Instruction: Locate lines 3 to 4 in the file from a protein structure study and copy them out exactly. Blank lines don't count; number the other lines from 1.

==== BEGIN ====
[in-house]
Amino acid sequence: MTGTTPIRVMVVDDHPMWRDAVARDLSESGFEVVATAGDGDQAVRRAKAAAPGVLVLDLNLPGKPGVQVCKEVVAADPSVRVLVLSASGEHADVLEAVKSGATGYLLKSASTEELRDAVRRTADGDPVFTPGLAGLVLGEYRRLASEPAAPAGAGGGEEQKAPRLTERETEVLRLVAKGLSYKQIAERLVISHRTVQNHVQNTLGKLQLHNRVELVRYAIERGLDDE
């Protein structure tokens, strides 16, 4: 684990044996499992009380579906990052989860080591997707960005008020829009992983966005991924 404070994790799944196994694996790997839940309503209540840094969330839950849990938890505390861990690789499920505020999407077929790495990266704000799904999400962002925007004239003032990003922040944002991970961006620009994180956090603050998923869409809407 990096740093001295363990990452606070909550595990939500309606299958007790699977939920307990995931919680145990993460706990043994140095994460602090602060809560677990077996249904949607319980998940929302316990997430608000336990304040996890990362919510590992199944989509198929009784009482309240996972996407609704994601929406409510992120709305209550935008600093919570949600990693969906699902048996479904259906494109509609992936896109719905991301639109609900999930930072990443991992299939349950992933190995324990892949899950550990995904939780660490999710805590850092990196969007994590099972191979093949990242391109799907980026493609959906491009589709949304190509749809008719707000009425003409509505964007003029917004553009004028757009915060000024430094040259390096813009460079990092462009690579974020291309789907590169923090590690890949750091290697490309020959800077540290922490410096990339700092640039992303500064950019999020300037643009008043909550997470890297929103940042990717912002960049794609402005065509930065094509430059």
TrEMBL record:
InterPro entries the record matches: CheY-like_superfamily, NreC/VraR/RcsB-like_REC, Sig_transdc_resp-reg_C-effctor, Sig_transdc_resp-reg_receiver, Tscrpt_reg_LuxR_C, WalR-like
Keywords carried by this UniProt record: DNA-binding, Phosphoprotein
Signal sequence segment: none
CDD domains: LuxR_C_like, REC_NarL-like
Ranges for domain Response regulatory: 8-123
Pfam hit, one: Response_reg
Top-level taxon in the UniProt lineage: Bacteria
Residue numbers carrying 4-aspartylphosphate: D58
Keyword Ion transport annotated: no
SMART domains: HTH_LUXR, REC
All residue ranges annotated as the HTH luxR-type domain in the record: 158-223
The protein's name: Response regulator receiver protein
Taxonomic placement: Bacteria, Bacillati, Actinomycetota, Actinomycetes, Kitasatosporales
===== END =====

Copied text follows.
């Protein structure tokens, strides 16, 4: 684990044996499992009380579906990052989860080591997707960005008020829009992983966005991924 404070994790799944196994694996790997839940309503209540840094969330839950849990938890505390861990690789499920505020999407077929790495990266704000799904999400962002925007004239003032990003922040944002991970961006620009994180956090603050998923869409809407 990096740093001295363990990452606070909550595990939500309606299958007790699977939920307990995931919680145990993460706990043994140095994460602090602060809560677990077996249904949607319980998940929302316990997430608000336990304040996890990362919510590992199944989509198929009784009482309240996972996407609704994601929406409510992120709305209550935008600093919570949600990693969906699902048996479904259906494109509609992936896109719905991301639109609900999930930072990443991992299939349950992933190995324990892949899950550990995904939780660490999710805590850092990196969007994590099972191979093949990242391109799907980026493609959906491009589709949304190509749809008719707000009425003409509505964007003029917004553009004028757009915060000024430094040259390096813009460079990092462009690579974020291309789907590169923090590690890949750091290697490309020959800077540290922490410096990339700092640039992303500064950019999020300037643009008043909550997470890297929103940042990717912002960049794609402005065509930065094509430059």
TrEMBL record: